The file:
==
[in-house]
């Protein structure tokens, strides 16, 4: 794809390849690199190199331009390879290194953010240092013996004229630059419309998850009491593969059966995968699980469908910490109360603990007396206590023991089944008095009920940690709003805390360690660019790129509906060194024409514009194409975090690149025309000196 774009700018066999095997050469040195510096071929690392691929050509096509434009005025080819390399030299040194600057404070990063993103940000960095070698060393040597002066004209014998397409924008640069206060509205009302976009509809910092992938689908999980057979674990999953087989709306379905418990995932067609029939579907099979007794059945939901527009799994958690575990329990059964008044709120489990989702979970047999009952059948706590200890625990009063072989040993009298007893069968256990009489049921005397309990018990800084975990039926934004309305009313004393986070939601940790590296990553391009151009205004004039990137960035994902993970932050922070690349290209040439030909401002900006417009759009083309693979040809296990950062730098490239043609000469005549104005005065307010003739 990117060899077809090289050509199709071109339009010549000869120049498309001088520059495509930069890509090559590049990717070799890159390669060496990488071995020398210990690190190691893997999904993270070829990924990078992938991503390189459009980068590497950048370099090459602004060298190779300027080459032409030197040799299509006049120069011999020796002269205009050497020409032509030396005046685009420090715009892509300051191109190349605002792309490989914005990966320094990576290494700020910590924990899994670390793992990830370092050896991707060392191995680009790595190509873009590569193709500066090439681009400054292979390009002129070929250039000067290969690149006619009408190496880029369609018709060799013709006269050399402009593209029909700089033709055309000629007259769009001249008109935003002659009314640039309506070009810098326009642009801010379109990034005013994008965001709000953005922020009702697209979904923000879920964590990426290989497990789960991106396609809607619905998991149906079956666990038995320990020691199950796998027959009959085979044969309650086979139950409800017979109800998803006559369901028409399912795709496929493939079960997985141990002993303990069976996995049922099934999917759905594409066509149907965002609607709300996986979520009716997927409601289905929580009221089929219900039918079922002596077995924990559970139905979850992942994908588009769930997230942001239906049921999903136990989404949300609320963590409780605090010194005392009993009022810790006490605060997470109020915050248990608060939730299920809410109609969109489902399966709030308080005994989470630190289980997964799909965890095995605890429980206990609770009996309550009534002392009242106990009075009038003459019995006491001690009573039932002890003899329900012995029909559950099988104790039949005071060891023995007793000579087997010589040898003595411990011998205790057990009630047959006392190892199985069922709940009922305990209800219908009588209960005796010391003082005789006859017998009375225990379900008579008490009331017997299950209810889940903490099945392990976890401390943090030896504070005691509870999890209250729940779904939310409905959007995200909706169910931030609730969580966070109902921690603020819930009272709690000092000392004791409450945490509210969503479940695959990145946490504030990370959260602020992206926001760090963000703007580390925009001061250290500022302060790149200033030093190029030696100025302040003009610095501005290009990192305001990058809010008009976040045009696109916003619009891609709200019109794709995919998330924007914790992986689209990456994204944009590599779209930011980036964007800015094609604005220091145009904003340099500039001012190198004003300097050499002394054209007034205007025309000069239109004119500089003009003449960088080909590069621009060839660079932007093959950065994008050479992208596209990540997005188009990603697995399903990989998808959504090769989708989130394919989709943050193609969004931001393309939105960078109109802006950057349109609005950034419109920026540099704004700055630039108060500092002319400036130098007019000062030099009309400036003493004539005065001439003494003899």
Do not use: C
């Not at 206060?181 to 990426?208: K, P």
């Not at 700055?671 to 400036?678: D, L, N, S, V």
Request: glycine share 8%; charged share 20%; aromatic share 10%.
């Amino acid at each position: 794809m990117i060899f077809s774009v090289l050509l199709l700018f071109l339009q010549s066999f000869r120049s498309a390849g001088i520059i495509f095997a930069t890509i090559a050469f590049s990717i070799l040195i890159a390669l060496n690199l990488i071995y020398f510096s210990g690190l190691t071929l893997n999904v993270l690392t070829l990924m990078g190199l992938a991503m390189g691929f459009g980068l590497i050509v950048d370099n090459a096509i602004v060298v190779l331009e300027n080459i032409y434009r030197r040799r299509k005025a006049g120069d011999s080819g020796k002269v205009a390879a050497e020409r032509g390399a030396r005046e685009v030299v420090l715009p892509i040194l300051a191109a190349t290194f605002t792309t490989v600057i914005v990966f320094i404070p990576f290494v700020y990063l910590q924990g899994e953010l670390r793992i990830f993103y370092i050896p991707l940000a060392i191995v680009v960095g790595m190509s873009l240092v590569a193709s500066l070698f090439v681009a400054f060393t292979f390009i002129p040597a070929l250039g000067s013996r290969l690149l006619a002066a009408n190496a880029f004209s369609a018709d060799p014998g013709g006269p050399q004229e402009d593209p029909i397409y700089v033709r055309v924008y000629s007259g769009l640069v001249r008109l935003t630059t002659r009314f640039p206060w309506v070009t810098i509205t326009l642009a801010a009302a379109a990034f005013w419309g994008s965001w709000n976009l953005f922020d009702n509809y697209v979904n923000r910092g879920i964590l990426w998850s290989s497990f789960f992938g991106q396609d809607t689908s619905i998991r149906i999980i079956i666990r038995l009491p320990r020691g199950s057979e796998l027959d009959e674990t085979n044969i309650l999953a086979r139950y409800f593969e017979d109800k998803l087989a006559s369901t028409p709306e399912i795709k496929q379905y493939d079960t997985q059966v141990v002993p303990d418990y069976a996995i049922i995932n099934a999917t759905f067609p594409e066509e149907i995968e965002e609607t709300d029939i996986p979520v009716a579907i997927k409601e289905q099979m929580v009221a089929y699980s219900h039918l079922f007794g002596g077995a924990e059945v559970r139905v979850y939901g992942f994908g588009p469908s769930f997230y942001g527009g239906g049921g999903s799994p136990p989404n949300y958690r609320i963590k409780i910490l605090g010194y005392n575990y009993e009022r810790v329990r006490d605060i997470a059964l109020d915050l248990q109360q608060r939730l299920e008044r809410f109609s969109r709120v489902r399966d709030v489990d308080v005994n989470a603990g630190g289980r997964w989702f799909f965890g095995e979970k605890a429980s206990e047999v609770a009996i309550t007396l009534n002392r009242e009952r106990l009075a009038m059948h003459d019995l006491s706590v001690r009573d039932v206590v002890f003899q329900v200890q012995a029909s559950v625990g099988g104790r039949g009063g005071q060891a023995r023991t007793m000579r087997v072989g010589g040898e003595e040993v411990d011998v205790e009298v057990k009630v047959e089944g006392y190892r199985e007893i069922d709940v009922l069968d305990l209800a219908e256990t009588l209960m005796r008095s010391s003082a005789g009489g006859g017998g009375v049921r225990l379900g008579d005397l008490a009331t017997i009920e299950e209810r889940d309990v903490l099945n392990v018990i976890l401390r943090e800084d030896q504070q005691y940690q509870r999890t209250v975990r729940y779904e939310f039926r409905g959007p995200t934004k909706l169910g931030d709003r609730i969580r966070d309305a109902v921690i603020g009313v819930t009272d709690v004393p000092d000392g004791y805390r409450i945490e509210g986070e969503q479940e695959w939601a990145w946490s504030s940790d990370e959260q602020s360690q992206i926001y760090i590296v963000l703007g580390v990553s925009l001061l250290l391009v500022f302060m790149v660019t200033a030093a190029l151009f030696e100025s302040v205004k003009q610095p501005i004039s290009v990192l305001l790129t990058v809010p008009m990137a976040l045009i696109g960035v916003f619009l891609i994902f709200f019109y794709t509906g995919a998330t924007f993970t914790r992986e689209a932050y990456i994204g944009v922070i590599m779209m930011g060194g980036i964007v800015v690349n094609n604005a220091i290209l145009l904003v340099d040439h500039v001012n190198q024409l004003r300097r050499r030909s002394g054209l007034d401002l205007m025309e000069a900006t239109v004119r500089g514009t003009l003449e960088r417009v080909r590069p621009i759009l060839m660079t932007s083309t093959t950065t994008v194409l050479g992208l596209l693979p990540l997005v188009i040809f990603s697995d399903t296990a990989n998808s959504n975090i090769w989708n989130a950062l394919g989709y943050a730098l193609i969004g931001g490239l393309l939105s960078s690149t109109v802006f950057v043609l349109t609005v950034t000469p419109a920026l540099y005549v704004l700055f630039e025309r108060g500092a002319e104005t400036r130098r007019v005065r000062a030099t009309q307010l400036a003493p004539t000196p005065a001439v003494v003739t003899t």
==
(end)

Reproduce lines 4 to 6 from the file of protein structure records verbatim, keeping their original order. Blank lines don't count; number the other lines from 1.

């Not at 206060?181 to 990426?208: K, P």
């Not at 700055?671 to 400036?678: D, L, N, S, V």
Request: glycine share 8%; charged share 20%; aromatic share 10%.